There are so many tariff threats, tariff announcements, and tariff impositions being tossed around these days that it can be hard to keep them all straight. With that in mind, I thought it was worth explaining the headlines today about some new U.S. tariffs relating to World Trade Organization (WTO) litigation over aircraft subsidies. These tariffs have the same negative economic impact as all the other recent tariffs imposed by the Trump administration, but it is worth noting that they aren’t quite as bad as many of those other tariffs because they are — so far, anyway — being pursued in accordance with international law. So while they are not good, they are less bad (if that’s any consolation).
Before I get to these particular tariffs, let me start off with some general background. Despite centuries of evidence to the contrary, President Trump, the self‐declared “tariff man,” seems to think the protection tariffs give to domestic producers, combined with the revenue tariffs bring in, makes the economy stronger. He also seems to think tariffs are helpful as a negotiating tool, as we can threaten our trading partners with tariffs in order to extract concessions from them. (So far, there isn’t much evidence that this is very effective.) In addition, the Trump administration has been using tariffs as an enforcement tool: Having made the unilateral determination that China is behaving unfairly on trade, the administration is trying to use tariffs to get China to change its behavior. No luck there yet either.
These are all particularly bad uses of tariffs. But there is another use of tariffs that, while it is far from ideal, is at least designed to support the rule of law and reduce trade barriers. At the WTO, if a government believes that another government is violating the rules, the first government can file a complaint and have a neutral adjudicator decide whether there is, in fact, a violation. If that adjudicator finds a violation, and the guilty party does not come into compliance, the complainant can then get authorization to impose tariffs, in order to induce the guilty party to come into compliance. These tariffs certainly aren’t great, but their objective is to help us get to a world of lower trade barriers through a neutral arbitration process governed by the rule of law.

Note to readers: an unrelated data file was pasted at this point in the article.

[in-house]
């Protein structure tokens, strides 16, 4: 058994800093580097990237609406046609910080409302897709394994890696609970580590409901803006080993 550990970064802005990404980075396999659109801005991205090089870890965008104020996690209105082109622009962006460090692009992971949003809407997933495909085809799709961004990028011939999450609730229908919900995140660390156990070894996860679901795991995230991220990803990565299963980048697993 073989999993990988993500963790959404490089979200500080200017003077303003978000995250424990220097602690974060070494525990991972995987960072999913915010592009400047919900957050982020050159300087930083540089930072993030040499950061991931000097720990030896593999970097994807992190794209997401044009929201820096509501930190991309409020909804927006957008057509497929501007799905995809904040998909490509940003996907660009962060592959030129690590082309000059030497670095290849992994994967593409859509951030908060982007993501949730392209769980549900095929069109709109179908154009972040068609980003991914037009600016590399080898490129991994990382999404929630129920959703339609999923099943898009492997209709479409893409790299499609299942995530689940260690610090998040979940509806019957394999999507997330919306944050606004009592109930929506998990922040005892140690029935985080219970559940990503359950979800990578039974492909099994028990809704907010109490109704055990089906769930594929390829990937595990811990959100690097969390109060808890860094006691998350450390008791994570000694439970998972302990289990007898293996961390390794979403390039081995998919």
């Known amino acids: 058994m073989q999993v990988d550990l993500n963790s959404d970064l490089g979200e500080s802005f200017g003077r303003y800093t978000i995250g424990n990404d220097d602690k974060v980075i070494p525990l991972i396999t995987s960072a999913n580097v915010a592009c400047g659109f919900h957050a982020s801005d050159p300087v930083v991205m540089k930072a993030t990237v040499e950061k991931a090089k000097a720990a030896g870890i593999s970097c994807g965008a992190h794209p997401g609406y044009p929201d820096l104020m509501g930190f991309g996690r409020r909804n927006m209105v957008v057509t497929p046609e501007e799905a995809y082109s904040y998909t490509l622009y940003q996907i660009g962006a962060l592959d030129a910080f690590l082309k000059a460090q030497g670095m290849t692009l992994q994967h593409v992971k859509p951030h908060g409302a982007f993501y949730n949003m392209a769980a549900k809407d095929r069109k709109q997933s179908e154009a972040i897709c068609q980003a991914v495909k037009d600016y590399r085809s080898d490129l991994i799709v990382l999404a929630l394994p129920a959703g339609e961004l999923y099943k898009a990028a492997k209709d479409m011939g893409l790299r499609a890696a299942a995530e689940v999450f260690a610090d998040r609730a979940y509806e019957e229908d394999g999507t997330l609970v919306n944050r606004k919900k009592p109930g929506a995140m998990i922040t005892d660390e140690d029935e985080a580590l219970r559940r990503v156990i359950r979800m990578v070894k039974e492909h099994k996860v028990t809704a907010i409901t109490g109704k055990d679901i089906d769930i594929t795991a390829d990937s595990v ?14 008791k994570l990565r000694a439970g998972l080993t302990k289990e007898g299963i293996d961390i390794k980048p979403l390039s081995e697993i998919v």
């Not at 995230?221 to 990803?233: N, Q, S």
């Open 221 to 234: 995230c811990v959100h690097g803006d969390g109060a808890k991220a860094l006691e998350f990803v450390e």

It is this rule of law process that has been followed for the tariffs in the news today. As CNBC reports:
The World Trade Organization (WTO) has backed a U.S. request to impose tariffs on $7.5 billion of European goods, potentially sparking a new trade war across the Atlantic.
Arbitrators from the WTO have granted President Donald Trump’s administration the right to levy billions against imports of European goods for what they say are illegal subsidies granted to the planemaker Airbus by European governments.
It may take a week or two to go through one more formal WTO step before the tariffs can be imposed.
The ideal outcome here is that the EU removes those subsidies, with pressure from these tariffs acting as an incentive. In the meantime, though, American consumers and businesses will feel the costs of the tariffs, with a wide range of products, including cheese, wine, and aircraft parts, to be affected.
At the same time, keep in mind that the EU has also challenged U.S. government subsidies to Boeing, and some time in the coming months the EU will get authorization to impose its own retaliatory tariffs. (The EU may also make an argument that it can impose retaliatory tariffs sooner, based on an old U.S. violation of WTO rules).
The ideal outcome would be that both sides will remove, or at least rein in, their aircraft subsidies, and I hope that these tariff authorizations move us in that direction. But it will be a challenge. These cases (and their earlier iterations) have gone on for decades. The WTO has generally been helpful with resolving trade disputes, but some issues are very difficult to resolve. Nevertheless, with the threat of tariffs now becoming real here, it would be great if both sides would start taking seriously the task of working out how to limit subsidies to the aircraft industry.